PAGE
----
The United States and Britain Democracies Comparison Essay

October 14, 2020 by Essay Writer

Introduction

Democracy is a form of governance where people engage in free and fair elections coming up with a leader. The people vest the supreme power on the leader(s) they choose. The pillars of democracy include sovereignty of the people, majority rule, equality before law, minority rights, constitutional limits of the government, and guarantee of basic human rights among others. Democracies differ from one nation to another due to differences in constitutions of the nations in question. The constitutions aim at providing nations with the type of governance that best suit their needs (Alexis, 2000, p.7). Democratic systems differ in the mode of election of the head of the government as well as the power vested on the leaders by the constitution. This paper details the democracies represented by the United States and Britain with reference to the legislative and executive structures and processes in the two nations.

The United States and Britain democracies

These nations exhibit differences in their forms of governance. The United States uses a presidential system of governance whereby, the president is not only the head of state, but also the head of the government. A national election process leads to the election of the president. Nevertheless, this form of democracy is not the case with the parliamentary system practiced in Britain. The leader of the party with the majority of members in the parliament becomes the prime minister and the head of government while the Queen is the head of state (Blackstone, 1765, p.12). The prime minister retains his/her power if s/he does not lose the support of the other members of the party. In a parliamentary system, members of the cabinet are part of the parliament. Owing to this, both the legislature and executives of the government are the same in governance.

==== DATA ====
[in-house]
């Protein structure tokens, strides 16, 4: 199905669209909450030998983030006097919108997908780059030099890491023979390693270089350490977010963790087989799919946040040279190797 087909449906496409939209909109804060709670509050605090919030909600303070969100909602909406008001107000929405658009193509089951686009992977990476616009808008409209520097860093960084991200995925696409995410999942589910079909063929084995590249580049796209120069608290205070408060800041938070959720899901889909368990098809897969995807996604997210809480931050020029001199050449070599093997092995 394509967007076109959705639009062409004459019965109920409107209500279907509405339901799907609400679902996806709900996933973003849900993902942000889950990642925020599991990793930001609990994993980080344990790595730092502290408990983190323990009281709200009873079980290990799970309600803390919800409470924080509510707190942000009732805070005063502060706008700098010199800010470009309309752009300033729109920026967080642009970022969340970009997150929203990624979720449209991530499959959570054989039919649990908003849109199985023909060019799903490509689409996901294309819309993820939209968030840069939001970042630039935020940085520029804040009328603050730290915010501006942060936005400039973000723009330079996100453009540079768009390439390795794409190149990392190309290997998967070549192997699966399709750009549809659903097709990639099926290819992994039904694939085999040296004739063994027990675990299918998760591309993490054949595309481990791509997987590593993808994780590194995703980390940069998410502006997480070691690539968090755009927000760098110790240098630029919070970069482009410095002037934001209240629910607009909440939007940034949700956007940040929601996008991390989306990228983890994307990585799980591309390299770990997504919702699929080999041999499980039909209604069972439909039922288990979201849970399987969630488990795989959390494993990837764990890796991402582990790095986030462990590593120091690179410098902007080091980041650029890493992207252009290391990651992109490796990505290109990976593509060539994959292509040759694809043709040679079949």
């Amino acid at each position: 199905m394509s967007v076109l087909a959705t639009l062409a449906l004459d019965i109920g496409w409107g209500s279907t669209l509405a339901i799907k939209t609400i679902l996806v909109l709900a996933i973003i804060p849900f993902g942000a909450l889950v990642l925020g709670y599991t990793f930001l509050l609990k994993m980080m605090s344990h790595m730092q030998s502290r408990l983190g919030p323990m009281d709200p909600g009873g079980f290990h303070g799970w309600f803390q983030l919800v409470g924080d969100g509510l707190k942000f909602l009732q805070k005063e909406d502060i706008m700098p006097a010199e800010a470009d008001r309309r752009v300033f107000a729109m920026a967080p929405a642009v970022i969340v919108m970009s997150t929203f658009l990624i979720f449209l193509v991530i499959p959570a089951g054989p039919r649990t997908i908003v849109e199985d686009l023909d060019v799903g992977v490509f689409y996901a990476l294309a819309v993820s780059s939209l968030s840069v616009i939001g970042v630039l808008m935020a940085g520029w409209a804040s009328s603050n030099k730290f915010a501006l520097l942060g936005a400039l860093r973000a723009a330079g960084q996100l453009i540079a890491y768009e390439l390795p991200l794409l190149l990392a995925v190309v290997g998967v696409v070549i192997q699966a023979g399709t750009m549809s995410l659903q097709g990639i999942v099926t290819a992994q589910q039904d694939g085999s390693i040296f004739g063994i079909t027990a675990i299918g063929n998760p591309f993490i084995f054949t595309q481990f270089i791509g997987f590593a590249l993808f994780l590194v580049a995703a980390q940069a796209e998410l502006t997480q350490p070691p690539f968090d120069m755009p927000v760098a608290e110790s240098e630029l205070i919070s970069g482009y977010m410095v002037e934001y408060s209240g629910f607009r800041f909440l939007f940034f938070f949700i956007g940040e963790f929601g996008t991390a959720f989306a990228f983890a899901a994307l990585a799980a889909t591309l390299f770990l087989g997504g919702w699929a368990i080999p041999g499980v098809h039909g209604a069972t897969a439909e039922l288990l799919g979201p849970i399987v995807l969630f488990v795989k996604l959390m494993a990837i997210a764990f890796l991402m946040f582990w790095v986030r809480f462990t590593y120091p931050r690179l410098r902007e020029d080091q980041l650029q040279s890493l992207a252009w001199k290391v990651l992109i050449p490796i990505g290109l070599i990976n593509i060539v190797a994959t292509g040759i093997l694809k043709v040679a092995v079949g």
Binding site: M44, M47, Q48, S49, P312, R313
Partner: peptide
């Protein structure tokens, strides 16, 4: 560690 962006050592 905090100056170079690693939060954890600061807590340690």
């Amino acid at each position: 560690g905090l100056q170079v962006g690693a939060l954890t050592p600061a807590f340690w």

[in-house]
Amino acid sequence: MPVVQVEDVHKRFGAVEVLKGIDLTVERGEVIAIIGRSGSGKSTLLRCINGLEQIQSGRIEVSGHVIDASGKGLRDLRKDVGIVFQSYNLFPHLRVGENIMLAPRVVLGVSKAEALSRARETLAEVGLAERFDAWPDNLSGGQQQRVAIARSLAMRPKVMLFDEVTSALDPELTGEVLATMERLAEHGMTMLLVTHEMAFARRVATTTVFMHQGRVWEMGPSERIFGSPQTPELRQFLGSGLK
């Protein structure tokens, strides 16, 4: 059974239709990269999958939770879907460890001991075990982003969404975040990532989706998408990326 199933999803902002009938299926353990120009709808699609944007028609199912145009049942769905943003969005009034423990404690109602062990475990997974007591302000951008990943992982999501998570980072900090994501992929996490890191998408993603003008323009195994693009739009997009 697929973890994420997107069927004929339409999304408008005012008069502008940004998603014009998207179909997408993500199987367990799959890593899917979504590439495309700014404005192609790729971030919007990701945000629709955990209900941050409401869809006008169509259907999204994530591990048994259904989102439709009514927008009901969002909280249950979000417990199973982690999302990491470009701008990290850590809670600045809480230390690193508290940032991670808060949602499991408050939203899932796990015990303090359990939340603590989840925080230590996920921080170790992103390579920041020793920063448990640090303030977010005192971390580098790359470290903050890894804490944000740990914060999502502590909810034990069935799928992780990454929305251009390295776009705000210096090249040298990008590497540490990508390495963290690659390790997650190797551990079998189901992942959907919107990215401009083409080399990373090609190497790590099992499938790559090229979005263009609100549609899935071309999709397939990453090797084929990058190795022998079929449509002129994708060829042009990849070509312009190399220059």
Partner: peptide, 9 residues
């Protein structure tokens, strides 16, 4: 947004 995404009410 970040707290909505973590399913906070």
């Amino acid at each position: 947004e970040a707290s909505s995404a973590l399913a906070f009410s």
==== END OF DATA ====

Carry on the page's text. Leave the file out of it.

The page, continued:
Parliamentary system does not require the formation of committees during the making of laws as well as policies; it relies on professional advice. On the other hand, in a presidential system, the executive and the legislature are two different entities in governance. However, they share certain powers. For instance, the president can veto laws passed by the Congress. In the same way, public officials appointed by the president must win the approval of the Congress before assuming their roles (Kopstein & Mark, 2006, p.120). In addition, members of the cabinet in a presidential system are not members of the Congress, which is equivalent of the parliament in a parliamentary system. The president ceases to be the leader of the government and state once his/her term ends.